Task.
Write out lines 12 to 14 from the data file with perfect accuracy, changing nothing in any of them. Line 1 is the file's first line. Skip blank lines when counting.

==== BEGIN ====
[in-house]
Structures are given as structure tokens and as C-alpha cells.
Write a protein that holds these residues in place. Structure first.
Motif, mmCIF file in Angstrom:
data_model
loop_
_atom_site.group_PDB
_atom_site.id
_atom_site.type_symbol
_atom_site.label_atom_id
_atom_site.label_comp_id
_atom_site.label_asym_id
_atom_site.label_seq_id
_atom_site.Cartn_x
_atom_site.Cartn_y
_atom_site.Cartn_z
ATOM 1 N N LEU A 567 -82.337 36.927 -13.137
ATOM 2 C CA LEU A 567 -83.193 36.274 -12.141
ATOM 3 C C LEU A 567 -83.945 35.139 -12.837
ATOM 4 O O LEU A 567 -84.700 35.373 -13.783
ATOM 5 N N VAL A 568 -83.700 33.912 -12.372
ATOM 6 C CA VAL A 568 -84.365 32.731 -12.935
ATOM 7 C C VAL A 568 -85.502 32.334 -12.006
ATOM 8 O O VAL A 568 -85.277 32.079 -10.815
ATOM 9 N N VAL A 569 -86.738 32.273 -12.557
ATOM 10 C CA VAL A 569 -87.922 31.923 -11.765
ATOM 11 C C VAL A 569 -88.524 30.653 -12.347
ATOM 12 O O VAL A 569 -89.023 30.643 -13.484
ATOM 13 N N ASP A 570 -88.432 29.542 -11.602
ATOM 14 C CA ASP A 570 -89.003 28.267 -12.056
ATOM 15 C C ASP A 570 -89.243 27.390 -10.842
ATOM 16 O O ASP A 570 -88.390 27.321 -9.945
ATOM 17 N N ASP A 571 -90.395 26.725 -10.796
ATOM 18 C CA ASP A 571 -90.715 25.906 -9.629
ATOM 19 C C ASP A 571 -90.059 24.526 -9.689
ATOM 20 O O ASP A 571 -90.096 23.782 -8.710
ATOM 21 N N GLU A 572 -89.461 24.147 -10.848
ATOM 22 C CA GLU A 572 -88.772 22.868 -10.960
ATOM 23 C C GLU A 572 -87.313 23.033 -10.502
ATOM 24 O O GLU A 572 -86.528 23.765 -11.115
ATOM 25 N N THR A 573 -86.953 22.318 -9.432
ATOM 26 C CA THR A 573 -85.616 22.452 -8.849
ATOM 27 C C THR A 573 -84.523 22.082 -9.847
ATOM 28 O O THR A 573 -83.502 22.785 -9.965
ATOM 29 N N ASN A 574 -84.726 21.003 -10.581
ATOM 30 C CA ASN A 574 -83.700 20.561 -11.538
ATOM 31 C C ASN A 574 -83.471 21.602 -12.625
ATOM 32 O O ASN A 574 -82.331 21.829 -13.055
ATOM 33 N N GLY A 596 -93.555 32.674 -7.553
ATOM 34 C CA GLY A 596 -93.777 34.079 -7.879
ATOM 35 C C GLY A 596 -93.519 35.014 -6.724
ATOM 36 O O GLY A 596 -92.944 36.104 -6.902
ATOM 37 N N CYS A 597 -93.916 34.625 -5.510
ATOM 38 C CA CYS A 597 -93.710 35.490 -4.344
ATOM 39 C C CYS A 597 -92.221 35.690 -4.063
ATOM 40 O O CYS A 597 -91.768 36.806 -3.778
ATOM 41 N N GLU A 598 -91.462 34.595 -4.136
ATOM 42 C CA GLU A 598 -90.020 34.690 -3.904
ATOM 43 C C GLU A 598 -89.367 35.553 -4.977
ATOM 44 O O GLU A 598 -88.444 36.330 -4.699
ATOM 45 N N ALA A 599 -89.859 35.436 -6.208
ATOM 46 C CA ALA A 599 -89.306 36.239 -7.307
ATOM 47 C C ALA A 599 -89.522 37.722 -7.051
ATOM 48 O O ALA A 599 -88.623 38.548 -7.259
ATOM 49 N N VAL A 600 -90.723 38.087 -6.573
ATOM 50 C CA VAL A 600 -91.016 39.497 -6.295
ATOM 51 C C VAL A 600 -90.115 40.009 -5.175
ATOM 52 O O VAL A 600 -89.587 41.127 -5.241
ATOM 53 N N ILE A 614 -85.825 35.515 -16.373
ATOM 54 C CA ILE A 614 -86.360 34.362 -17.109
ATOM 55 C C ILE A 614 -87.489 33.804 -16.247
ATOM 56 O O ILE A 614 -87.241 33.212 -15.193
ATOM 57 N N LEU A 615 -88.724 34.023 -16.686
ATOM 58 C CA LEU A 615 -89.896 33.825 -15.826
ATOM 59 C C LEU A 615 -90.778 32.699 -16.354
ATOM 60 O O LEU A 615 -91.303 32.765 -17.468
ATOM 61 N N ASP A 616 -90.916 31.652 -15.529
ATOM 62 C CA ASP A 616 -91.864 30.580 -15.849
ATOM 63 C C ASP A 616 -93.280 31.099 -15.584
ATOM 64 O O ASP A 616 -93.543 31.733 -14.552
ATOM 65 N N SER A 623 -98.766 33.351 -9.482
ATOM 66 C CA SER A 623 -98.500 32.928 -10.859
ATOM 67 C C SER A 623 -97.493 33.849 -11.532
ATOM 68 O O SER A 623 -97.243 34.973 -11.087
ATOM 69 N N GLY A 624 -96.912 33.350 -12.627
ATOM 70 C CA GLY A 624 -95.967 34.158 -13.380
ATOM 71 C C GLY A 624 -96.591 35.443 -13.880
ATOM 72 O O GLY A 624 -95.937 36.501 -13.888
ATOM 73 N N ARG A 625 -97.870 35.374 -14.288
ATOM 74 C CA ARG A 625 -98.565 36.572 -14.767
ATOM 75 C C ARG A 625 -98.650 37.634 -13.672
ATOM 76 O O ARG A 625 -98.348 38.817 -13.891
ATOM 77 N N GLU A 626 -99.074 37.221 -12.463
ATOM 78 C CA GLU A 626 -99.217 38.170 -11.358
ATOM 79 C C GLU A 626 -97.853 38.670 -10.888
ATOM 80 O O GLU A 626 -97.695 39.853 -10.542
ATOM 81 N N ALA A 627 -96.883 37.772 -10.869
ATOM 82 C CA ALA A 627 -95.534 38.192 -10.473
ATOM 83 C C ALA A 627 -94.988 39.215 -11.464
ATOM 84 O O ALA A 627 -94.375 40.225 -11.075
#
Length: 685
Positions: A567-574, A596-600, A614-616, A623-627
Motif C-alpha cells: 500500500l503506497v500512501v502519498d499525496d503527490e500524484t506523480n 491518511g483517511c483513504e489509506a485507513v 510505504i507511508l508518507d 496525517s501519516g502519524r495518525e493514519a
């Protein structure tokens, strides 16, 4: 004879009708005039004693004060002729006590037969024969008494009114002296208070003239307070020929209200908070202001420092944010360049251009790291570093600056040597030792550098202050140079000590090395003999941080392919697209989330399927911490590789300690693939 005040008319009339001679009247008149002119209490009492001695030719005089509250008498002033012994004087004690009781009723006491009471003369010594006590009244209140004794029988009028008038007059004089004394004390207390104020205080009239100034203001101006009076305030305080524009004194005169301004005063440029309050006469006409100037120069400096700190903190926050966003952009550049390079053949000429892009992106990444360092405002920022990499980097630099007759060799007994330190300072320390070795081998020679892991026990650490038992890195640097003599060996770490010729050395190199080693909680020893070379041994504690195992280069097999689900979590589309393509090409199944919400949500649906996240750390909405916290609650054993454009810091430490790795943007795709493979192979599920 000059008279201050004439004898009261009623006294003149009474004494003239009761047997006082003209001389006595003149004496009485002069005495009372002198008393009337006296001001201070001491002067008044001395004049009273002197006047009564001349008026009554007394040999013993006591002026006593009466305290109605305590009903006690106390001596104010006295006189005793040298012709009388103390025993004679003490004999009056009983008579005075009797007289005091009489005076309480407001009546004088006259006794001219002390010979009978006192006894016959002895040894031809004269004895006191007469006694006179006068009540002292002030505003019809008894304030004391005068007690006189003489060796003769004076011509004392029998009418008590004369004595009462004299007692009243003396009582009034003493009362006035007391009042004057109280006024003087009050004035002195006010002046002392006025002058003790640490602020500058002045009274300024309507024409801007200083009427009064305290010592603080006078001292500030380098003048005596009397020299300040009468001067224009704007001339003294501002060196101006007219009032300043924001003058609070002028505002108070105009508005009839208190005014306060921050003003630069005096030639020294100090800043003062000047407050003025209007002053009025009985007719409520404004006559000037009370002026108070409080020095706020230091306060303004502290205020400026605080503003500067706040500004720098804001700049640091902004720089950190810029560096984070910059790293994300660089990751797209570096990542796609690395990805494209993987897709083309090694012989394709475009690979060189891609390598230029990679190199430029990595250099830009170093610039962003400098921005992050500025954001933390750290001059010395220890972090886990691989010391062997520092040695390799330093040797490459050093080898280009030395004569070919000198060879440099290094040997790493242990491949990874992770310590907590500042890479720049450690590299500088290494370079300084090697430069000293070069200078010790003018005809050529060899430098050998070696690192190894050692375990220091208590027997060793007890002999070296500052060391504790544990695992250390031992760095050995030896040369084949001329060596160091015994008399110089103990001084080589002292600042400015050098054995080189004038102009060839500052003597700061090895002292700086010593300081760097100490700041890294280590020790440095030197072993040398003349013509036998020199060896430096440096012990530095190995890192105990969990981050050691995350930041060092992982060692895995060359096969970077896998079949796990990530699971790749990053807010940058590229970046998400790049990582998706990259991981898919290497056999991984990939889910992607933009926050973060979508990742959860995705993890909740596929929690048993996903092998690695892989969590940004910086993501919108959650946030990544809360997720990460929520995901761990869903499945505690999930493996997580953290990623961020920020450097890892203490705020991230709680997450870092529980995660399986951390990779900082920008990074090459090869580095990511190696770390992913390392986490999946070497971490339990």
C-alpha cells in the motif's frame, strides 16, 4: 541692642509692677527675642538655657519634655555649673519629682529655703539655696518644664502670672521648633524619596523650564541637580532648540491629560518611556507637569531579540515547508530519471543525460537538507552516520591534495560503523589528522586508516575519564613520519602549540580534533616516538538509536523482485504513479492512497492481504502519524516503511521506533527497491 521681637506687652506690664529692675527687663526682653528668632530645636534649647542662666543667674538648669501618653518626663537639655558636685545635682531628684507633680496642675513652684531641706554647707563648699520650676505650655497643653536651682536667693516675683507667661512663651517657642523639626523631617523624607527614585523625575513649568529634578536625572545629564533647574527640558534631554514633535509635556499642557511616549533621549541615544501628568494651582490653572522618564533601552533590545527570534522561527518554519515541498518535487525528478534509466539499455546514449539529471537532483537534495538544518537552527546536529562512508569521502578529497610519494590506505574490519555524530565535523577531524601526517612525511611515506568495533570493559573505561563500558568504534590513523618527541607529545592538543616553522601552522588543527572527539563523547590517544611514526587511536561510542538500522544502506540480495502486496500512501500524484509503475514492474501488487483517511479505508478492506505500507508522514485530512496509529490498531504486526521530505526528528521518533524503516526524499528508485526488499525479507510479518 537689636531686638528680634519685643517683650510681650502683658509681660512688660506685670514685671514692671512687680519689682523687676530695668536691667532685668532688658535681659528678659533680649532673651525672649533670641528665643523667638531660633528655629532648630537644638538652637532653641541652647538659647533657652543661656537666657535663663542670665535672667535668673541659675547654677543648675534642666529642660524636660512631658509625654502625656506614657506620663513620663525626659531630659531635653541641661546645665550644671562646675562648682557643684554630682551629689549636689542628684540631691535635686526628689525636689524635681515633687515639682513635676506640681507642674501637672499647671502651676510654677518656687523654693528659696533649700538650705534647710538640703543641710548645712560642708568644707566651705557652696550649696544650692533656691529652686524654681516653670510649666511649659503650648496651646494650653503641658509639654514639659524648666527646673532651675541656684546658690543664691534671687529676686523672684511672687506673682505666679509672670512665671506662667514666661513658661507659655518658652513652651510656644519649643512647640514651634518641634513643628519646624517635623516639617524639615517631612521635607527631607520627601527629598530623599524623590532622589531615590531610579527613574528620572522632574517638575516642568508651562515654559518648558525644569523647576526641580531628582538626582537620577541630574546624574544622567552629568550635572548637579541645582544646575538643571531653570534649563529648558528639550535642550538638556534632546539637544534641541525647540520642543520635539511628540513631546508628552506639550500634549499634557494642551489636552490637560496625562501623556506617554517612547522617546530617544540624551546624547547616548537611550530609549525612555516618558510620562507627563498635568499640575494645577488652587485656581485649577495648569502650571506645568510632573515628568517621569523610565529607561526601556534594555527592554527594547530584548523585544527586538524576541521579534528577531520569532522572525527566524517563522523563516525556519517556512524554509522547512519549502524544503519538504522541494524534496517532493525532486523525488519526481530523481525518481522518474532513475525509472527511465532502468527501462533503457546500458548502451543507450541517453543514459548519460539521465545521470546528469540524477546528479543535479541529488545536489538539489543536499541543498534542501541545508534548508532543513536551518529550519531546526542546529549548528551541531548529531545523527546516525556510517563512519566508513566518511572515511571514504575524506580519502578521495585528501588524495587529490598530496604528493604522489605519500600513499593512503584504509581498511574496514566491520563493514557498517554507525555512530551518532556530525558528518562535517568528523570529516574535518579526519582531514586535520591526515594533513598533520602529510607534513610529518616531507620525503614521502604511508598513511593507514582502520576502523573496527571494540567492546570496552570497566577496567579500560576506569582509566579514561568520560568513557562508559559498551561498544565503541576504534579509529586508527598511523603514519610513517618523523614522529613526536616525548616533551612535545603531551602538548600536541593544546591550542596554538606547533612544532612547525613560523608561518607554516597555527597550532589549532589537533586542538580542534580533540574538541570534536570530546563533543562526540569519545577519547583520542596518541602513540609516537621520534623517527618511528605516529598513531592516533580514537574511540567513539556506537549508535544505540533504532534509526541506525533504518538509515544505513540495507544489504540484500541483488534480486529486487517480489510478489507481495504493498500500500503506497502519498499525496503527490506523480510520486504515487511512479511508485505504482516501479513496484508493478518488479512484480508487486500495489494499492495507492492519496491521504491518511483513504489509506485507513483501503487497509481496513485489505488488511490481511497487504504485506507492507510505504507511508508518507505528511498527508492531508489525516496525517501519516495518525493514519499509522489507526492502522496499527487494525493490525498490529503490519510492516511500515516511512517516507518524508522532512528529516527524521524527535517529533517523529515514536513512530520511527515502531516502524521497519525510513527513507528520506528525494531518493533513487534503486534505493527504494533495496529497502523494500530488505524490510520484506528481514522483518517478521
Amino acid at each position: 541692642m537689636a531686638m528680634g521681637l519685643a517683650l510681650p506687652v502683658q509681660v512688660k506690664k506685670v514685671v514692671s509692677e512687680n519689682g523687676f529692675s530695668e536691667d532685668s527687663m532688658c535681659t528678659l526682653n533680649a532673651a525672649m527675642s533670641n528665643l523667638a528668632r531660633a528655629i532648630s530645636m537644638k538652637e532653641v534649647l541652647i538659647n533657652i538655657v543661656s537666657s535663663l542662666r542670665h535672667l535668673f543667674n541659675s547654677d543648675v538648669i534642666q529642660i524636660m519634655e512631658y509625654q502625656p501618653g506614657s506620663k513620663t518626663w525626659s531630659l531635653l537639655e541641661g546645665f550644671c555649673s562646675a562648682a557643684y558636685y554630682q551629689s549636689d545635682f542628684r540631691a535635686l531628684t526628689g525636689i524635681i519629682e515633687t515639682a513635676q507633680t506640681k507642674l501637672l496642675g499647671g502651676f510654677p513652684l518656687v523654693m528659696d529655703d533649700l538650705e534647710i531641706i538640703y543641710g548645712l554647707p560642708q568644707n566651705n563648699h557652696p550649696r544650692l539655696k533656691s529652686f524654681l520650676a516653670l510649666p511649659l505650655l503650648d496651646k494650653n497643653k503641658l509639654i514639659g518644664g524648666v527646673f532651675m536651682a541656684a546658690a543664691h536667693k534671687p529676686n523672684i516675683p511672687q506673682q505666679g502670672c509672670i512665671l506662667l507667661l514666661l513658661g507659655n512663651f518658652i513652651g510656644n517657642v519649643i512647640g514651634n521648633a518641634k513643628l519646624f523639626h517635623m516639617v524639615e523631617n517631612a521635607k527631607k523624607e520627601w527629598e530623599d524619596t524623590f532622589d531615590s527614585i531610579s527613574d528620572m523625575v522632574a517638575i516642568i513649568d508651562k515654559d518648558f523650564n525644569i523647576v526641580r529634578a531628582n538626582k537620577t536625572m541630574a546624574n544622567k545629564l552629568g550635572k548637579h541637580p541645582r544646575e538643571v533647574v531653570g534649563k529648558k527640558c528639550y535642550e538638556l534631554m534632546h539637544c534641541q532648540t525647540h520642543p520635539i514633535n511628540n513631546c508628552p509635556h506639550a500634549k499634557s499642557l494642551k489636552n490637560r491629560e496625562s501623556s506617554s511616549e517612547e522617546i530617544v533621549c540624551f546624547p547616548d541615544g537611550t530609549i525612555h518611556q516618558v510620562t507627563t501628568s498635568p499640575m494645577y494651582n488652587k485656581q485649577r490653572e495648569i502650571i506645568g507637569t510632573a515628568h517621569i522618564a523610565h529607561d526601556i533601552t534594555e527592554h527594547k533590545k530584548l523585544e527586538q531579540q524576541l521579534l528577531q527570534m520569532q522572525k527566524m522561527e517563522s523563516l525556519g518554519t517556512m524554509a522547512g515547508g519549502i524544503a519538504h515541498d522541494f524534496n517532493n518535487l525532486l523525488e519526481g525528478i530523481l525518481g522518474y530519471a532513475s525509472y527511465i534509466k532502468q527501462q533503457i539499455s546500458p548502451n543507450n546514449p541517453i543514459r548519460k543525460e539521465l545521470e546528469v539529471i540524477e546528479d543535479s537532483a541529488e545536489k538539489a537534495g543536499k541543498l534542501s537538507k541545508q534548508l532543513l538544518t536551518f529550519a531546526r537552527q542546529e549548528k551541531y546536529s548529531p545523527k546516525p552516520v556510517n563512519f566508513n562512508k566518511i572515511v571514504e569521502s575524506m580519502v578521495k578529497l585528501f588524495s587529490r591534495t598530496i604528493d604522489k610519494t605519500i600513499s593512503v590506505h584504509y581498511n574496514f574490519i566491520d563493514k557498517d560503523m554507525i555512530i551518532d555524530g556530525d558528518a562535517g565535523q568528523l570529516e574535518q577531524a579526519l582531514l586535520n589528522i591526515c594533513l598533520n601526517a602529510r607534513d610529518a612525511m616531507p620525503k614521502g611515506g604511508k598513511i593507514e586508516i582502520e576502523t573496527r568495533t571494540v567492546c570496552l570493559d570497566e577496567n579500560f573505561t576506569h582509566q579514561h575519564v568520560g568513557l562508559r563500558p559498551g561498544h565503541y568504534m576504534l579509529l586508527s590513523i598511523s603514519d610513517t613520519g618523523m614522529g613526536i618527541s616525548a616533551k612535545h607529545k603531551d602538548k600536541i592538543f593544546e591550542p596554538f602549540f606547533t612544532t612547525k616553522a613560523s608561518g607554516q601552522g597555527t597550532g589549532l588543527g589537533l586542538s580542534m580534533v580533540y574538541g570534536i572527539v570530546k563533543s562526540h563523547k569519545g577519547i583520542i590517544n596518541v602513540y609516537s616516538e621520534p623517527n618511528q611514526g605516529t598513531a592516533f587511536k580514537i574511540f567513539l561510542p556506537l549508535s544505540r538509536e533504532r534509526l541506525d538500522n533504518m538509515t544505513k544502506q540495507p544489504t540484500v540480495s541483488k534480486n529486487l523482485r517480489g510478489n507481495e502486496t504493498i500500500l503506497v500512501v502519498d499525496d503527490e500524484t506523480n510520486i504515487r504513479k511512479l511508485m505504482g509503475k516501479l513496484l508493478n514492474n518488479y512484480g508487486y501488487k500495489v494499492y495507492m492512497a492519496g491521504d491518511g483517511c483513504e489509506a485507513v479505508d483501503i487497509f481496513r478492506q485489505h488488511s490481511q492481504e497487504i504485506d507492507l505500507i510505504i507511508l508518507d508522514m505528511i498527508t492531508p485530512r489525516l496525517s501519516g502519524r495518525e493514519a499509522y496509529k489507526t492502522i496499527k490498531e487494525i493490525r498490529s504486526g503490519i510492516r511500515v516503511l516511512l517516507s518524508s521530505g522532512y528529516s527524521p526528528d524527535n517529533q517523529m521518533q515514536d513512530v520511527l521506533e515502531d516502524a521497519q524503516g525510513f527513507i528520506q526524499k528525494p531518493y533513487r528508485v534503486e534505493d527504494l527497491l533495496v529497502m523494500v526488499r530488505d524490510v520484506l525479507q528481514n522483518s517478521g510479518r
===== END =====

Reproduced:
_atom_site.label_asym_id
_atom_site.label_seq_id
_atom_site.Cartn_x